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turn. It is favorable to many virtues. Whereas, to be entirely devoid of relish for eloquence, poetry, or any of the fine arts, is justly construed to be an unpromising symptom of youth, and raises suspicions of their being prone to low gratifications, or destined to drudge in the more vulgar and illiberal pursuits of life.
There are, indeed, few good dispositions of any kind with which the improvement of taste is not more or less connected. A cultivated taste increases sensibility to all the tender and humane passions, by giving them frequent exercise; while it tends to weaken the more violent and fierce emotions.
"These polished arts have humanized mankind, ́
The elevated sentiments and high examples which poetry, eloquence, and history are often bringing under our view, naturally tend to nourish in our minds public spirit, the love of glory, contempt of external fortune, and the admiration of what is truly illustrious and great.
I will not go so far as to say that the improvement of taste and that of virtue are the same, or that they may always be expected to coëxist in an equal degree. More powerful correctives than taste can apply, are necessary for reforming the corrupt propensities which too frequently prevail among mankind. Elegant speculations are sometimes found to float on the surface of the mind, while bad passions possess the interior regions of the heart.
At the same time, this cannot but be admitted, that the exercise of taste is, in its native tendency, moral and purifying. From reading the most admired productions of genius, whether in poetry or prose, almost every one rises with some good impressions left on his mind; and though these may not always be durable, they are at least to be ranked among the means of disposing the heart to virtue.
One thing is certain that without possessing the virtuous affections in a strong degree, no man can attain eminence in the sublime parts of eloquence. He must feel what a good
man feels, if he expects greatly to move or to interest man-
The language and sentiments of the above extract cannot be too highly commended. It suggests that it should be a leading object with the teacher, to cultivate a taste for polite literature. A good knowledge of language, an extensive acquaintance with the writers on criticism, will create a just relish for whatever is beautiful, proper, elegant, and ornamental in writing; for all that is lofty in sentiment, sublime in poetry, and admirable in eloquence. A delicate taste for these will give a certain elegance of sentiment to which the ignorant are strangers. The feelings which they create, and the emotions which they excite, are always the most tender, and lead us, almost imperceptibly, to admire whatever is refined in the character and behavior of others, and to abhor whatever is vulgar and selfish. Literature, and a taste for the fine arts, fit us for acting in the social state with dignity and propriety, and furnish so much mental enjoyment, that, in order to avoid ennui, no one need give up his youth to dissipation, or his subsequent life to ambition and sordid avarice.
33. Elegy written in a Country Churchyard.
THE Curfew tolls the knell of parting day,
And leaves the world to darkness and to me.
Now fades the glimmering landscape on the sight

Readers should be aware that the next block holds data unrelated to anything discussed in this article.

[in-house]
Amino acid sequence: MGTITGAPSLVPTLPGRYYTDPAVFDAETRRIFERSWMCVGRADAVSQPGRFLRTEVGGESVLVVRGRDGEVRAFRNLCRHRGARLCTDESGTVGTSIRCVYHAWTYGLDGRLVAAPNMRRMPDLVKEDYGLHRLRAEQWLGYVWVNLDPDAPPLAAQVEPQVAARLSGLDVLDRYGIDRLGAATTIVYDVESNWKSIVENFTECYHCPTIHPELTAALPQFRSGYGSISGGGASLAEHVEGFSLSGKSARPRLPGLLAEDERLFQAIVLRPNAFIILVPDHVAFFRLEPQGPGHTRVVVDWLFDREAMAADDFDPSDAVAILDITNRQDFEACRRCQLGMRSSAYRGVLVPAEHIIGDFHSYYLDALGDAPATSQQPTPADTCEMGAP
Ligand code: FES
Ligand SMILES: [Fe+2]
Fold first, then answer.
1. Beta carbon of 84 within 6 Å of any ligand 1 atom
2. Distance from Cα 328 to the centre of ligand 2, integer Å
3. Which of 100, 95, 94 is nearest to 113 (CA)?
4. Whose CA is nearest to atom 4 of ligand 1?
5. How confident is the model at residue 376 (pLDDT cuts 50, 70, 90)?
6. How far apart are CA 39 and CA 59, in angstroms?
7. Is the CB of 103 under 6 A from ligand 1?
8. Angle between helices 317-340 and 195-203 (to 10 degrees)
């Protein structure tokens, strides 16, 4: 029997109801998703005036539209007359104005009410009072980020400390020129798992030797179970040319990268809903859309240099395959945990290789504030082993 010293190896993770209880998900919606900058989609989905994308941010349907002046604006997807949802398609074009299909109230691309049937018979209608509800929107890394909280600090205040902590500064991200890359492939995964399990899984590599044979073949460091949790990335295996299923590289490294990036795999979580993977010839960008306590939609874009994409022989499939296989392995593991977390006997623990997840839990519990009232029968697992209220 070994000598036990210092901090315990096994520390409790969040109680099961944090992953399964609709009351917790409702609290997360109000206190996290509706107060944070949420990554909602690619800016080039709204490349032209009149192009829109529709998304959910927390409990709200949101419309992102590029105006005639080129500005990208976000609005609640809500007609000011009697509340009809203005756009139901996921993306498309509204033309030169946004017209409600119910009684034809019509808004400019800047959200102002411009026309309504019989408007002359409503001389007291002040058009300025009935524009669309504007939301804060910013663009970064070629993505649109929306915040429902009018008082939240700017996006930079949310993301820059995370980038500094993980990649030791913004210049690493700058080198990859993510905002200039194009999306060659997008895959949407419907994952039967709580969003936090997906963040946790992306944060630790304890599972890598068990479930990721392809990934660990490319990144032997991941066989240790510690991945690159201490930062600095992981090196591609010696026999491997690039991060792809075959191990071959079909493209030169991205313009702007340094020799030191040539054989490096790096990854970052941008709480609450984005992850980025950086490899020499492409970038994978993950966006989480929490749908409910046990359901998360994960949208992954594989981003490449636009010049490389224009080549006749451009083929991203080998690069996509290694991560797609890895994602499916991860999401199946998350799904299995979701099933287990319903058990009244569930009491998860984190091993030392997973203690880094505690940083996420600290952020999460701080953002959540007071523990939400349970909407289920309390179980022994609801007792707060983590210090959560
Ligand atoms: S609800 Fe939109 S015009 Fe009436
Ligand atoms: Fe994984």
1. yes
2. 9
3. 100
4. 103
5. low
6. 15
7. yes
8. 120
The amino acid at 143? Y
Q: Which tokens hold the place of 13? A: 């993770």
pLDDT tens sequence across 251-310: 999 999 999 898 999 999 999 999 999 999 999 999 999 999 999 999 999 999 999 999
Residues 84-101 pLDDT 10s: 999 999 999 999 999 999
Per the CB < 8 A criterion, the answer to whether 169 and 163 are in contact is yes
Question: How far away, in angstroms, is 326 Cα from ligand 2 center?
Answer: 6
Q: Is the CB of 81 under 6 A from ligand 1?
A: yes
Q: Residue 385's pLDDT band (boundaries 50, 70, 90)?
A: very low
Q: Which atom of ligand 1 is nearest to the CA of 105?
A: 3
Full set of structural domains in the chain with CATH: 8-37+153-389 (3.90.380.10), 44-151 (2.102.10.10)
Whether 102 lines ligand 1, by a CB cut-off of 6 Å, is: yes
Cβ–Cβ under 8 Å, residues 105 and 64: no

Save that from yonder ivy-mantled tower,
The moping owl does to the moon complain Of such as, wandering near her secret bower, . Molest her ancient solitary reign.
Beneath those rugged elms, that yew-tree's shade, Where heaves the turf in many a mouldering heap, Each in his narrow cell forever laid,
The rude forefathers of the hamlet sleep.
The breezy call of incense-breathing morn,
The swallow twittering from the straw-built shed, The cock's shrill clarion, or the echoing horn,
No more shall rouse them from their lowly bed.
For them no more the blazing hearth shall burn,
Or climb his knee the envied kiss to share.
Oft did the harvest to their sickle yield;
Their furrow oft the stubborn glebe has broke; How jocund did they drive their team a-field!
How bowed the woods beneath their sturdy stroxe
Let not Ambition mock their useful toil,
The boast of heraldry, the pomp of power,
The paths of glory lead but to the grave.
Nor you, ye proud, impute to these the fault,
Where through the long-drawn aisle and fretted vault The pealing anthem swells the note of praise.
Can storied urn or animated bust
Back to its mansion call the fleeting breath?
Perhaps in this neglected spot is laid
Some heart once pregnant with celestial fire; Hands that the rod of empire might have swayed, Or waked to ecstasy the living lyre.
But Knowledge to their eyes her ample page,
And froze the genial current of the soul.
Full many a gem, of purest ray serene,
The dark, unfathomed caves of ocean bear; Full many a flower is born to blush unseen,
And waste its sweetness on the desert air.
Some village Hampden, that with dauntless breast
The applause of listening senates to command,
And read their history in a nation's eyes,
Their lot forbade; nor circumscribed alone
Their growing virtues, but their crimes confined; Forbade to wade through slaughter to a throne, And shut the gates of mercy on mankind;
The struggling pangs of conscious truth to hide,
With incense kindled at the Muse's flame
Far from the madding crowd's ignoble strife,
They kept the noiseless tenor of their way.
Yet even these bones from insult to protect,
With uncouth rhymes and shapeless sculpture decked,
Their name, their years, spelt by the unlettered Muse,
And many a holy text around she strews,
For who, to dumb forgetfulness a prey,
This pleasing, anxious being e'er resigned,
Nor cast one longing, lingering look behind?
On some fond breast the parting soul relies;
Some pious drops the closing eye requires;
For thee, who, mindful of the unhonored dead,
Some kindred spirit shall inquire thy fate,—
Haply some hoary-headed swain may say,